Man on the move, Mora has 8 starts in row at 5 spots

Staying with `hot hand,' Hargrove has utility player in right field as latest role

Notebook

April 28, 2003|By Roch Kubatko | Roch Kubatko,SUN STAFF

ST. PETERSBURG, Fla. -- Melvin Mora's uniform meets the standards enforced by Major League Baseball, even as he continues to wear many hats for the Orioles.

A player who was supposed to spend more games on the bench this season while filling a utility role instead keeps invading the lineup -- and in many different roles. After starting in left field, center, shortstop and second base, Mora replaced Jay Gibbons in right against Tampa Bay Devil Rays left-hander Joe Kennedy.

It was just another day at the ballpark for Mora, who ran down a fly ball near the line to end the fourth inning and strand a runner after Tampa Bay scored once.

"We're going with the hot hand," manager Mike Hargrove said.

It still had a little sizzle yesterday. Mora lined a double into left field leading off the third inning, stole third base and scored on a throwing error by catcher Toby Hall.

Mora has started eight consecutive games, leading off on three occasions while Jerry Hairston nursed a sprained ankle. He has gone 10-for-26 with two homers, five RBIs and eight walks, leaving his average at .271.

"I don't know that his value will ever be as high as an everyday player as it is as a utility player," Hargrove said. "He's a very valuable utility player and very well thought of around baseball. It used to be that a utility player was a guy who was just hanging on, but not anymore. They're like a closer or a setup guy. They're very valuable people.

"I think Tony Phillips probably redefined that role. Everybody was looking for the next Tony Phillips for a long time."

To keep changing positions takes more than athleticism and a solid work ethic.

"The mental toughness is probably even more important," Hargrove said.

`Distorted' game

The season is 24 games old for the Orioles, and they've already played Tampa Bay 10 times. And that's only in April.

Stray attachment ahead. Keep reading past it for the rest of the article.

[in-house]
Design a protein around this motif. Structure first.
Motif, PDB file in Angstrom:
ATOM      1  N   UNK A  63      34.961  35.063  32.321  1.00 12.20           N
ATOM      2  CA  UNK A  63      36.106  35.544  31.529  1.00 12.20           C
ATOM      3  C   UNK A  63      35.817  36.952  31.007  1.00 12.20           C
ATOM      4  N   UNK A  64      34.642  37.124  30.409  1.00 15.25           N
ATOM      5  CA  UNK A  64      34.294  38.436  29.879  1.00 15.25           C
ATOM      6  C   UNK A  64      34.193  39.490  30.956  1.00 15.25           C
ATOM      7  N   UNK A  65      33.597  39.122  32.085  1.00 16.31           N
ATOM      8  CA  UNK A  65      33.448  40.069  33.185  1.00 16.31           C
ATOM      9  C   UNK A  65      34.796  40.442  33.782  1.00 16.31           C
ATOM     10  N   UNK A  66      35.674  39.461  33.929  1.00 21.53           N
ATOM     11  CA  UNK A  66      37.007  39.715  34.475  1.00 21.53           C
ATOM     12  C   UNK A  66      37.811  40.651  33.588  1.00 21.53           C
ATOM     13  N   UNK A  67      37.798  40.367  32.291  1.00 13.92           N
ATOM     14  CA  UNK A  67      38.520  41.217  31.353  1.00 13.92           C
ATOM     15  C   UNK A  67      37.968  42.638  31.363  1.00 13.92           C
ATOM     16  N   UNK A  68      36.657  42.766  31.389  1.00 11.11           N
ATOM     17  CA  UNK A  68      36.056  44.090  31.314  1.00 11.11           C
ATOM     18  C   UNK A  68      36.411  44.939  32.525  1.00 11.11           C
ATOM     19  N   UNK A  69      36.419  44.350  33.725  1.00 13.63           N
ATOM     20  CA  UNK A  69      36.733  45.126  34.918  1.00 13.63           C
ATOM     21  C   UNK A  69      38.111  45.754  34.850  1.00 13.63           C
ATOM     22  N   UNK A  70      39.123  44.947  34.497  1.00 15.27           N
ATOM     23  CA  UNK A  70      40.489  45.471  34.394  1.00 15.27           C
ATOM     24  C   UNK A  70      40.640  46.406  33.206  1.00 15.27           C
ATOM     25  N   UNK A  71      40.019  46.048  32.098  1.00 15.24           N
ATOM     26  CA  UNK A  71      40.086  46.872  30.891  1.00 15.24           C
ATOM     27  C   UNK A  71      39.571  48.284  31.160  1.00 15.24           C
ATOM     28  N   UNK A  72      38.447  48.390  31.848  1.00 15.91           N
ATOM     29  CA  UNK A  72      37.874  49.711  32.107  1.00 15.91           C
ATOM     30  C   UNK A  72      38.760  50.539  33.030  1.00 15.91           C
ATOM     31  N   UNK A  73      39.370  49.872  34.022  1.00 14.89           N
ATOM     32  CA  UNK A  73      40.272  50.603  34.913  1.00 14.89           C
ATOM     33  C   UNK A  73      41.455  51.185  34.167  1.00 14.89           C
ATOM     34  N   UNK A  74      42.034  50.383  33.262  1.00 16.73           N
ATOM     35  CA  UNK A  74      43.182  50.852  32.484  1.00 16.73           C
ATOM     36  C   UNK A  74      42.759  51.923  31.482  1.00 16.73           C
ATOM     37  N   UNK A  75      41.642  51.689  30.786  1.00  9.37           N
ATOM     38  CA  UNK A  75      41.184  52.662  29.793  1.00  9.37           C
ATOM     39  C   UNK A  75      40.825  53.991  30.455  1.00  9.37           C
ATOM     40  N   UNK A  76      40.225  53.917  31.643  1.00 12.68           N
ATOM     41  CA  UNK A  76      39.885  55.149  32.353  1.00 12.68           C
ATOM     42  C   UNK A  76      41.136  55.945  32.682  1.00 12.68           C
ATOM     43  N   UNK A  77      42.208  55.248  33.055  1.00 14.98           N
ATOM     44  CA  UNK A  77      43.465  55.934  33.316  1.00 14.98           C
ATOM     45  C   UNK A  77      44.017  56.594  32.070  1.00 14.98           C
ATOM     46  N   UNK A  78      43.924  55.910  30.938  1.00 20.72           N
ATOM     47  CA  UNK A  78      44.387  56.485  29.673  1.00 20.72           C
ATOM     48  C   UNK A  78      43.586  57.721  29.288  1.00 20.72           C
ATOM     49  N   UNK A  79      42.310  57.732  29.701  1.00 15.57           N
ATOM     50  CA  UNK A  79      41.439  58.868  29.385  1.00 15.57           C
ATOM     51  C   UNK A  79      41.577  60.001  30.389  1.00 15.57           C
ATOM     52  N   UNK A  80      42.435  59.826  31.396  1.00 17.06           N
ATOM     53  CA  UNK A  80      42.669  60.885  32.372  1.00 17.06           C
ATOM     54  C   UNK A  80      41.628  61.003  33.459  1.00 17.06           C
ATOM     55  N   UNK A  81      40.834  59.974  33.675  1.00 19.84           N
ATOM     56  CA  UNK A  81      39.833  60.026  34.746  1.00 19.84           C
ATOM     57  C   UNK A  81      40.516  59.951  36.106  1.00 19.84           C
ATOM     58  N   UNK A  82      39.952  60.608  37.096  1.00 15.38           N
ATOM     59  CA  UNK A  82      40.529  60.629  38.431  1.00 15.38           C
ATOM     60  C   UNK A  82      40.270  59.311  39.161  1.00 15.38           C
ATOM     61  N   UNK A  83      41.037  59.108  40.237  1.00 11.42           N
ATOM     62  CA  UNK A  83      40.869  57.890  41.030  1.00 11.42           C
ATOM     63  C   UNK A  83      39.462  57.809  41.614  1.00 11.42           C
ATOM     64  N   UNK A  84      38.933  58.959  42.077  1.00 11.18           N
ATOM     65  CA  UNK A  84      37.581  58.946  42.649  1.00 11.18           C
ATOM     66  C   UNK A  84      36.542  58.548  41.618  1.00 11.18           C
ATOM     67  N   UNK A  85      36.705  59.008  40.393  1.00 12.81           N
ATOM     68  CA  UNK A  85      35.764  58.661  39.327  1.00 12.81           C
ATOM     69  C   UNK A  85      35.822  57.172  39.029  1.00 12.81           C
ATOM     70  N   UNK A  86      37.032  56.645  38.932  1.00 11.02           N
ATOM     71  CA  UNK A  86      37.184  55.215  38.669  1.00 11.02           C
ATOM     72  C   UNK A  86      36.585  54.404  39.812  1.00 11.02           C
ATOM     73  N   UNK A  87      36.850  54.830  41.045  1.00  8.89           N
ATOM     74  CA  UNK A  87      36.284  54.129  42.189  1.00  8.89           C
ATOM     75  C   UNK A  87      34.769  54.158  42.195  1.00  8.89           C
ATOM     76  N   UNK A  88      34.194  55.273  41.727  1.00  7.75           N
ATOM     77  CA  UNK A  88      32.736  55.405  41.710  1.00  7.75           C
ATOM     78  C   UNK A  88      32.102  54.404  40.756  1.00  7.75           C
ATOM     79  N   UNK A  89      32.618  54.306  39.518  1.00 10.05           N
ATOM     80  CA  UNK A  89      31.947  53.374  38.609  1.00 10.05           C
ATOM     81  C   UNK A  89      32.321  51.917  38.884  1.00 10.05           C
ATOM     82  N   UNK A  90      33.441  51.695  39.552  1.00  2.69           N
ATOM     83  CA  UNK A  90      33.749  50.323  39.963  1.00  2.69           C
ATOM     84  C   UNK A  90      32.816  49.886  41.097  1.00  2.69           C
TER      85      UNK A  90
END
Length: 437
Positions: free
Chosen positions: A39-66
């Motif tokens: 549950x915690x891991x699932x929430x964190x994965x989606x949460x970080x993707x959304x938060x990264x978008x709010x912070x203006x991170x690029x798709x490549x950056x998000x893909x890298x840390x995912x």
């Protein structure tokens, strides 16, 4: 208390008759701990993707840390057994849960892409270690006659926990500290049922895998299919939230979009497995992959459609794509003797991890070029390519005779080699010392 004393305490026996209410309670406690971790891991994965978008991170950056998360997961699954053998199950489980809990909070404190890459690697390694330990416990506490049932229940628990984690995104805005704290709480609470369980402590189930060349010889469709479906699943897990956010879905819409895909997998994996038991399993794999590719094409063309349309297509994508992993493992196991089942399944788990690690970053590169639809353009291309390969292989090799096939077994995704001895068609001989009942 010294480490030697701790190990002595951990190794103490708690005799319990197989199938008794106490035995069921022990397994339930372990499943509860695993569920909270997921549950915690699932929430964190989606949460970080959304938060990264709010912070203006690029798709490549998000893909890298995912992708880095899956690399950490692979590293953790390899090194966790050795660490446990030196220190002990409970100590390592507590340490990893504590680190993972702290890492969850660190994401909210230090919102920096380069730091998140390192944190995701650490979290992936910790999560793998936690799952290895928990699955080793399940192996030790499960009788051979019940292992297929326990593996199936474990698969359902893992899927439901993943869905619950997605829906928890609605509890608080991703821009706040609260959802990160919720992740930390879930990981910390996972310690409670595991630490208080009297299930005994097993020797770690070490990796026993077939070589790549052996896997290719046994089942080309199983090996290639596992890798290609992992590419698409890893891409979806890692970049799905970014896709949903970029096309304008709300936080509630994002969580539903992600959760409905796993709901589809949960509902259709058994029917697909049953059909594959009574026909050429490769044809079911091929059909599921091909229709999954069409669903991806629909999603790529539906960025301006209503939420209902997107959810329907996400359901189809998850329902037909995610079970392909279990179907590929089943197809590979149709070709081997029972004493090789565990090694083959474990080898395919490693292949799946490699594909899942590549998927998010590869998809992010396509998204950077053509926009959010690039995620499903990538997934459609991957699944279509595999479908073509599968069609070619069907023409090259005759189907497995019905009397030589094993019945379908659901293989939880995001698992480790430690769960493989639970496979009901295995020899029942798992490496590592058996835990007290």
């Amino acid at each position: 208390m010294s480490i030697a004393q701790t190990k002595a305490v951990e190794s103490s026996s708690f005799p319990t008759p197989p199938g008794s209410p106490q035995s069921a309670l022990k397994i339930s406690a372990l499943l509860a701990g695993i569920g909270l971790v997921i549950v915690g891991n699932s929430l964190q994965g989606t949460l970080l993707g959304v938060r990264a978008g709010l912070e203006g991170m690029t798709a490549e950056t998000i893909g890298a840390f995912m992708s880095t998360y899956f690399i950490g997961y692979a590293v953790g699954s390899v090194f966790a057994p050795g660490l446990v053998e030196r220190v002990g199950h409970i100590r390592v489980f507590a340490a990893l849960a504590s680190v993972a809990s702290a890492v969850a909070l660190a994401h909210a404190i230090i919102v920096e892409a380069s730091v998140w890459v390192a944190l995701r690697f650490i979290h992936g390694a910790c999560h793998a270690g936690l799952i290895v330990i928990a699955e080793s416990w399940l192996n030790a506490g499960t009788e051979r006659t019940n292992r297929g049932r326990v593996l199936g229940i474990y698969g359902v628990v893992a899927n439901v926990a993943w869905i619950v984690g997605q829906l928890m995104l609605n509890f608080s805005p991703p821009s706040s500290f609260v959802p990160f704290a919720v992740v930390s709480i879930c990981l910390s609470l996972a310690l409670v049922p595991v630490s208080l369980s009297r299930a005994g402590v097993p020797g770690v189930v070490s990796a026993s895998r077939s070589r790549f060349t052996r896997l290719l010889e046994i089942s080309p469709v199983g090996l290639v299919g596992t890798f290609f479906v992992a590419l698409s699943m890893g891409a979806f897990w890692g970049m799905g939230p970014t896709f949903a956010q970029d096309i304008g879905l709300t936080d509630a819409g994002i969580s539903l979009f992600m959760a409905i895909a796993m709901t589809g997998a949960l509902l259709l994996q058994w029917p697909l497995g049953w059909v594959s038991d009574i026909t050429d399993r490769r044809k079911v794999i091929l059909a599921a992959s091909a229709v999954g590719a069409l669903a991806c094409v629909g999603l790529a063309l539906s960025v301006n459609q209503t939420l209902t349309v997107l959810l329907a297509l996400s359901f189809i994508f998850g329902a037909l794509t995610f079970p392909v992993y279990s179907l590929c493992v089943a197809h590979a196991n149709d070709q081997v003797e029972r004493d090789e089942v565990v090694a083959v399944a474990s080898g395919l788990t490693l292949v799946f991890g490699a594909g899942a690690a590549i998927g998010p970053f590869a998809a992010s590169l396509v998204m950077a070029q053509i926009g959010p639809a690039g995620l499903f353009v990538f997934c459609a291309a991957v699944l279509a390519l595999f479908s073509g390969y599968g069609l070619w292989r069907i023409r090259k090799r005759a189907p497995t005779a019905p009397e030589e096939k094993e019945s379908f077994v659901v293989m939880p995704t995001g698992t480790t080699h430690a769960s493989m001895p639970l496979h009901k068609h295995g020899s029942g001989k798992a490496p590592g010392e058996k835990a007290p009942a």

The Devil Rays return to Camden Yards next month for a three-game series, but the Orioles don't visit Tropicana Field until Aug. 11.

That means more strange bounces and accelerated ground balls on a surface that only looks like grass.

"Baseball's a neat game," Hargrove said. "You play it on turf and everything is distorted."

Sympathy for the Tigers

The Orioles' next opponent is doing a pretty nice impression of them -- circa 1988.

Beginning tomorrow night, the Orioles will attempt to prolong what already has been a miserable season for the Detroit Tigers. Under first-year manager Alan Trammell, the Tigers are 3-20.

The New York Yankees had hit more homers than Detroit had scored runs.

It's almost enough to make the Orioles feel a little better about their 0-21 start 15 years ago.

The Tigers haven't won consecutive games all season. They've been shut out six times. And it figures to get worse.

"This squirrel ain't finding no acorns," said former manager Sparky Anderson.

His sympathy extended to Trammell.

"He has to feel like a guy strapped to the chair with ants and honey on him," Anderson said.

Dmitri Young's three-run homer in the eighth inning of Tuesday's game, Detroit's 18th, were the first RBIs to come out of the cleanup spot. In keeping with the Tigers' ineptitude, the ball actually hit the top of the left-field wall and stayed in the park, but it was incorrectly ruled a home run.

The three pitchers scheduled to face the Orioles in this series are a combined 2-11. Tomorrow's starter, Jeremy Bonderman, 20, pitched at Single-A Lakeland and Modesto last season. Left-hander Mike Maroth, who goes Wednesday, joined Dave Stewart as the only pitchers in major league history with six losses before May 1. It happened to Stewart in 1984.

Detroit pitchers issued 63 walks through 21 games, the third fewest in the American League. The Tigers' rotation led all AL starting staffs with only 29 walks, five fewer than the Yankees'.

Still, opponents come up hacking, obviously having found enough pitches to hit.

Around the horn

Tampa Bay placed pitcher Bobby Seay on the disabled list with left shoulder tendinitis. He's the fourth Devil Ray to go on the DL in a week, joining Travis Lee (right oblique strain), Damian Rolls (fractured right thumb) and Ben Grieve (left thumb infection). ... Tampa Bay second baseman Marlon Anderson's hitting streak ended at 11 games. ... Orioles left-hander Buddy Groom hasn't allowed a run in nine innings. ... Going into the weekend, the Orioles' 3-4-5 hitters were batting .304, second in the AL to the Anaheim Angels' (.340). ... Rodrigo Lopez, who starts Wednesday's game in Detroit, was 14-5 with a 3.14 ERA through Aug. 21. Since then, he's 1-7 with a 6.33 ERA.

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